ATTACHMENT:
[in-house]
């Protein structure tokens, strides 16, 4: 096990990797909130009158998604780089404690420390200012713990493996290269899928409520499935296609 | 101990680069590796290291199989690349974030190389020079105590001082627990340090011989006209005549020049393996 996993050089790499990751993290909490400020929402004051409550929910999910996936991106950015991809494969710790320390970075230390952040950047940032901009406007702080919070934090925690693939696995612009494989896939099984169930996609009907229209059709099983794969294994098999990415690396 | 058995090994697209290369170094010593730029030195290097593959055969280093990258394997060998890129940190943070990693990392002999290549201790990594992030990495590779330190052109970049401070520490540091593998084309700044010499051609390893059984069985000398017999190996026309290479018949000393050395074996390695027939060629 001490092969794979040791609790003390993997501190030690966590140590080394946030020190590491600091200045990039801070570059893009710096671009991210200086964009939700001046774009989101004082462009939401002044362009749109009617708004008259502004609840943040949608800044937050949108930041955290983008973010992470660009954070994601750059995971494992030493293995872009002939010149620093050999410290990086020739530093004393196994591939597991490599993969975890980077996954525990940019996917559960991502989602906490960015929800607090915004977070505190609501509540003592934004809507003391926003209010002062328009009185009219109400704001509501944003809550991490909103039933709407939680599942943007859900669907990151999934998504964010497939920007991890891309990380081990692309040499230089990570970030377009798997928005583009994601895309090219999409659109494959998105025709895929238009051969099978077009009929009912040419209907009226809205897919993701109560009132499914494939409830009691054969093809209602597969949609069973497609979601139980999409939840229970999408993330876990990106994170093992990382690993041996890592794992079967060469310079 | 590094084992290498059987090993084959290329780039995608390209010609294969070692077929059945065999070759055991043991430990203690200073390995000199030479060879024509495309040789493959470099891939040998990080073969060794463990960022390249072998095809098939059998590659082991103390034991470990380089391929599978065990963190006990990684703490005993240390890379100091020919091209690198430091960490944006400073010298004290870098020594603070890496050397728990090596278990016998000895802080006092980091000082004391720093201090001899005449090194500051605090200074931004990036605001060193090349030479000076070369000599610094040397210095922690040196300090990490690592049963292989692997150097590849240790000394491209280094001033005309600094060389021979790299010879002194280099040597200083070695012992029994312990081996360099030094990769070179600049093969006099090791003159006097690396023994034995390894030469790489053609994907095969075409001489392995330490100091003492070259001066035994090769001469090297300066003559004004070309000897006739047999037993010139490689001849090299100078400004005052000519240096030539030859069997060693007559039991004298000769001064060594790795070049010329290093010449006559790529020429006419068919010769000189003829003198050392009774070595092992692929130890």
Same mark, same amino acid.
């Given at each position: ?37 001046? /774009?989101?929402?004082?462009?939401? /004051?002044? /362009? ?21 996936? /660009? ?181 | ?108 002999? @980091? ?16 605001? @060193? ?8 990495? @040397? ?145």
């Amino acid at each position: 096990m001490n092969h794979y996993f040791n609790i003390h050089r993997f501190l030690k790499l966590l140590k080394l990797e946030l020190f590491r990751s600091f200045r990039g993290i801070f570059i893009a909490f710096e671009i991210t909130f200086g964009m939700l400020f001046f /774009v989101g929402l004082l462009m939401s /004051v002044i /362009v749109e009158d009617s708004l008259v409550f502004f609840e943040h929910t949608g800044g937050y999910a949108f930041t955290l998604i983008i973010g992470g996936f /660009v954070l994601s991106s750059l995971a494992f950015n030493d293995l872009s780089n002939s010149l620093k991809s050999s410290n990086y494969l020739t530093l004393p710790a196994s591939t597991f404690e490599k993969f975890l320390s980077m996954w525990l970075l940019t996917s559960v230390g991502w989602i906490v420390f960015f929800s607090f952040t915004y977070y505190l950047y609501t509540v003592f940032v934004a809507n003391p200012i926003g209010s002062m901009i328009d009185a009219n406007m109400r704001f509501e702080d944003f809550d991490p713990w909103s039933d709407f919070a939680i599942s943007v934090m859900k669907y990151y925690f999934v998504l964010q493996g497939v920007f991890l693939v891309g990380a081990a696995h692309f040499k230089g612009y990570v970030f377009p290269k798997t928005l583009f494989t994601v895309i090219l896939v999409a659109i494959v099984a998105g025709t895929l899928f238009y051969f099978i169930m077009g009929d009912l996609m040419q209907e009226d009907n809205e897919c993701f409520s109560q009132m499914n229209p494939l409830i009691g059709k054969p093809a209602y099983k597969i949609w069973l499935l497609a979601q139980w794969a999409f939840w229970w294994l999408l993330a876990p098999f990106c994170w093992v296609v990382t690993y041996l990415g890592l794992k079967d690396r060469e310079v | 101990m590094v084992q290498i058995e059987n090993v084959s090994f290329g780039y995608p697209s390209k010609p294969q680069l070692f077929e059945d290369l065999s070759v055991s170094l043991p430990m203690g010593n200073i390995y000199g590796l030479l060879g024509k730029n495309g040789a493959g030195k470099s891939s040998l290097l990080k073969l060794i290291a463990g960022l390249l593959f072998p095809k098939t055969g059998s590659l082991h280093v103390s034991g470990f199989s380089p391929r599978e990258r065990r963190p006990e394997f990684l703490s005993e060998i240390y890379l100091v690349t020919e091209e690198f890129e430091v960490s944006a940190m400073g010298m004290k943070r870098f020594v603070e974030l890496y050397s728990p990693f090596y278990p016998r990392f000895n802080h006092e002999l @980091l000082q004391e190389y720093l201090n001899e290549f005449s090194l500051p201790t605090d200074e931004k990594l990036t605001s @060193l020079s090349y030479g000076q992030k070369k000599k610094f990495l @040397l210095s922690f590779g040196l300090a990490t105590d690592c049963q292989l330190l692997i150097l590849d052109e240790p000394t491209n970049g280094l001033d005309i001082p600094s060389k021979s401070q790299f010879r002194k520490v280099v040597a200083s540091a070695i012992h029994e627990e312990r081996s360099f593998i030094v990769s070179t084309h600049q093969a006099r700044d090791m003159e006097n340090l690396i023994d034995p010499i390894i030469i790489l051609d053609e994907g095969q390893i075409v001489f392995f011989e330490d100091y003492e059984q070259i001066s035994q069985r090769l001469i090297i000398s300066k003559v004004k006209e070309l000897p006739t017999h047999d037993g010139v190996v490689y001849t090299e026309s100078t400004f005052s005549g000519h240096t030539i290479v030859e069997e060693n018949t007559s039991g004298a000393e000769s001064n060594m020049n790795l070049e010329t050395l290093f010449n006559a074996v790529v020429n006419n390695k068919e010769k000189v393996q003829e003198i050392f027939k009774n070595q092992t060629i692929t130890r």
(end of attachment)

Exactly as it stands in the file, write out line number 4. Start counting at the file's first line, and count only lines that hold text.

């Given at each position: ?37 001046? /774009?989101?929402?004082?462009?939401? /004051?002044? /362009? ?21 996936? /660009? ?181 | ?108 002999? @980091? ?16 605001? @060193? ?8 990495? @040397? ?145």